Which bag is better for you? If you're using a DSLR with a smaller lens, the Case Logic is perfect. Need to use a larger lens, or carry more stuff? The Amazon bag is the better choice.
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VINE VOICEon February 24, 2012
Build quality on this bag seems good.
Zippers work smoothly.
Sling is comfortable and has adequate adjustability.
The bright interior color makes it easy to find small items.
Nice pocket areas.
Tripod strap with pouch at bottom in a zippered area
for one of the tripod legs.
Easy access to camera without removing sling. Pack will pivot to front.
Fair Price

The way it comes (see photo) there is no way of fitting my DSLR.
The dividers could offer some better options. Need a few others with more than one 90deg.
It will be a tight fit to get all of my needed equipment in this size. Wish it was a little larger
It will not stand vertical on its own without leaning it against something.

Update Feb 27, 2012

I've had a chance to use this sling backpack for some all day events. I like it. It works once I figured out how to place the sling. It fits around the left arm and over the head to the right shoulder. This allows the bag to be pivoted to your left front to allow access to the camera through the backpack's side compartment. This work well.

I also found that the the tripod strap on the side of the backpack also has a zip area at the bottom of the pack. It contains a pouch for the tripod leg to fit into. This stabilizes the tripod and holds it firmly to the side.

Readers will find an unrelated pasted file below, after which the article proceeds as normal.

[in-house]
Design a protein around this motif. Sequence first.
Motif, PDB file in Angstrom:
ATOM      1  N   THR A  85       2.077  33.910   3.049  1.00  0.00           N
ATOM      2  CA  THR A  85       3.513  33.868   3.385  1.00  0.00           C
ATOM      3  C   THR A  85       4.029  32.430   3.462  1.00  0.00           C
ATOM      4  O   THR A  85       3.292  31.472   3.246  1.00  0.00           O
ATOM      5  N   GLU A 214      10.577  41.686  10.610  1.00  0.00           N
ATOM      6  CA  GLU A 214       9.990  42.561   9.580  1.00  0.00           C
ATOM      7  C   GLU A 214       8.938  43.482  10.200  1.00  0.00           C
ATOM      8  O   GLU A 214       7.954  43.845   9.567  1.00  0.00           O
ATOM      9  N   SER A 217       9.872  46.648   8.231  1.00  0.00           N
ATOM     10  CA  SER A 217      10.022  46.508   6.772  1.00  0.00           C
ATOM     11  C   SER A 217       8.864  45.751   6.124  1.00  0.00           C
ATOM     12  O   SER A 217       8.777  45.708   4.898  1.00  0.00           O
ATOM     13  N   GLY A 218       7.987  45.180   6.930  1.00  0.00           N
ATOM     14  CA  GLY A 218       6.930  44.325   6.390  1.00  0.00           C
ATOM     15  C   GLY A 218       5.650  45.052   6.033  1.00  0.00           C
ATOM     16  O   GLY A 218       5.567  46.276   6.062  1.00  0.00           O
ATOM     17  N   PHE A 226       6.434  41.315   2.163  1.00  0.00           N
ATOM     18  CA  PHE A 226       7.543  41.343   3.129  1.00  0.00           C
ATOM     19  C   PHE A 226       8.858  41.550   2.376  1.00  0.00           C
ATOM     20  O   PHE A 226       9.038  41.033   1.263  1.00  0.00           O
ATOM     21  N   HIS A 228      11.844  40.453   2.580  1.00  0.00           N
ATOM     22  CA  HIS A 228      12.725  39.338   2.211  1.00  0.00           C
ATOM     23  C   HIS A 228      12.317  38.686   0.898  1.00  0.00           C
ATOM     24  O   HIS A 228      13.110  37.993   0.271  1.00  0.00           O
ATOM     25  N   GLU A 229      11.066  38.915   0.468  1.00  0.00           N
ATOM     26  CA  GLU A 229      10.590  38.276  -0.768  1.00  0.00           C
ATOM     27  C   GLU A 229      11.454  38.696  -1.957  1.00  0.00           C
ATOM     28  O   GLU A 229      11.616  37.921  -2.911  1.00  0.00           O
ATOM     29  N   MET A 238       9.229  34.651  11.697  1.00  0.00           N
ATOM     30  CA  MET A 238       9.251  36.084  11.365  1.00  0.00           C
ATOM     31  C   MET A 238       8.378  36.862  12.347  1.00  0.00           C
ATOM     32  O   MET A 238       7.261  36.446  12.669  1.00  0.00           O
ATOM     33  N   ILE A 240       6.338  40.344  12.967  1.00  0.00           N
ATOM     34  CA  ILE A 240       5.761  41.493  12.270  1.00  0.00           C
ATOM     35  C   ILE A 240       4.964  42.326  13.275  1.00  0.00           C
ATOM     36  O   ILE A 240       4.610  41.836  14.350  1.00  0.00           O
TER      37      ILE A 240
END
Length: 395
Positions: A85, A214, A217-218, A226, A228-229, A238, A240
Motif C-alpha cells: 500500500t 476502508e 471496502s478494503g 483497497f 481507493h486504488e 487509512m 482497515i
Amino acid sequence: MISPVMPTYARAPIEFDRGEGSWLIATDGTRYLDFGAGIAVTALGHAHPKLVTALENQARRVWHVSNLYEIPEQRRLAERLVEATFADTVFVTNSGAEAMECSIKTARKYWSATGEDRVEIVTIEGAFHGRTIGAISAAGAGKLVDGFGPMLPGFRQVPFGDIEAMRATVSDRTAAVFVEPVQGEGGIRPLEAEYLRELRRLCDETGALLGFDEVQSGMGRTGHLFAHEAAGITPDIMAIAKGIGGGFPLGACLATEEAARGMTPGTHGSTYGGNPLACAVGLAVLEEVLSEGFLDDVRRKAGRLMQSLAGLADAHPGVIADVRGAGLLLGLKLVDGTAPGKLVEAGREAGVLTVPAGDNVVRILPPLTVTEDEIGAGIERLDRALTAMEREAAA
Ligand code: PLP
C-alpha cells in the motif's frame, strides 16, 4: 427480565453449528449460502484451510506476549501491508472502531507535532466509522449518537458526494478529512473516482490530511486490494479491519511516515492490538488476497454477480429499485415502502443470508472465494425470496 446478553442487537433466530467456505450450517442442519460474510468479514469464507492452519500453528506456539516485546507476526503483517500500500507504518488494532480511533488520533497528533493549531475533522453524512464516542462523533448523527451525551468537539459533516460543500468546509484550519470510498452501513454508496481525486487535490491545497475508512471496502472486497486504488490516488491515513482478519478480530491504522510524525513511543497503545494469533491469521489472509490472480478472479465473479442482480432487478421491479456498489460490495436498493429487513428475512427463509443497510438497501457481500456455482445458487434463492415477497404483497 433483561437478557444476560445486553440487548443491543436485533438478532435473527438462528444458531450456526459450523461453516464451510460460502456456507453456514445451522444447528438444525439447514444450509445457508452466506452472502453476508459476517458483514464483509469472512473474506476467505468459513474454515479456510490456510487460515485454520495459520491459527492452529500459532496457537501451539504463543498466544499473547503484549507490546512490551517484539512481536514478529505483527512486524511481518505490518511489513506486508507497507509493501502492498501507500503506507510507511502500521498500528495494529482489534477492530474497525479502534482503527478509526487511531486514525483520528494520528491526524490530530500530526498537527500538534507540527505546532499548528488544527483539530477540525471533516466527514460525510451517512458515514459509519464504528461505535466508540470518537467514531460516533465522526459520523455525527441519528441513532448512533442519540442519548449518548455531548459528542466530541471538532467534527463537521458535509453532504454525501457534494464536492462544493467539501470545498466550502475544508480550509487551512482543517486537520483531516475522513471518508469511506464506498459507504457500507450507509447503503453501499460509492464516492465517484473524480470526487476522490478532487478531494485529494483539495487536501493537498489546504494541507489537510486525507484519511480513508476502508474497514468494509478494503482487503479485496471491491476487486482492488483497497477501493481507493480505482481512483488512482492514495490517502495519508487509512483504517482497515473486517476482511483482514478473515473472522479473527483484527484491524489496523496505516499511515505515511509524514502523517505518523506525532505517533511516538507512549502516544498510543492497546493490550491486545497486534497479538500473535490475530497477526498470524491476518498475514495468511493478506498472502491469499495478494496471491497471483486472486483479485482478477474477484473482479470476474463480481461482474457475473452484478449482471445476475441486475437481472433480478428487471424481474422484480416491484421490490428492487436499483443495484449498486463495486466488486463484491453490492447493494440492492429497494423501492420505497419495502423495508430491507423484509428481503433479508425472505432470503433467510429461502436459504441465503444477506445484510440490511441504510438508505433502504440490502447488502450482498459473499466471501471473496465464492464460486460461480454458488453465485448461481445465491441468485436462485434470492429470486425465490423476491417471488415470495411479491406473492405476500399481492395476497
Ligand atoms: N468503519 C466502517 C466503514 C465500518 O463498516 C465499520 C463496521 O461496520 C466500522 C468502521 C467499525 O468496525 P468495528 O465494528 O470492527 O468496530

I'm leaving the 4 star. The main reason, the bag just fits the Canon 60D with the Canon 18-200mm F/3.5 lens. I would have liked just a tad bit more room. Also, the bag will not stand vertical on its own without leaning against something. The lower pads on the bottom are not flat enough to hold it.

Overall, I find it works for me, and it is very comfortable to wear even all day activities. I would recommend it.
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on September 4, 2013

Size-wise, this is the perfect bag. I wanted something as small as possible but still able to hold my DSLR and a few lenses for all-day hikes and vacation sight-seeing. I have a full-size Lowepro backpack that holds everything I own. It's built like a tank, but it's up around 40lbs now and it's just too heavy for actual hiking. Most of the sling bags available are too big for an all day hike and they look like hipster diaper bags. This bag is perfect in it's discrete look (doesn't scream "come steal my gear") and it's ease of carry. I can fit my Canon EOS 650 with 50mm attached, an 18-135mm, a 24mm fisheye, a 100mm macro, cleaning gear, batteries, filters, fast strap, and assorted odds and ends.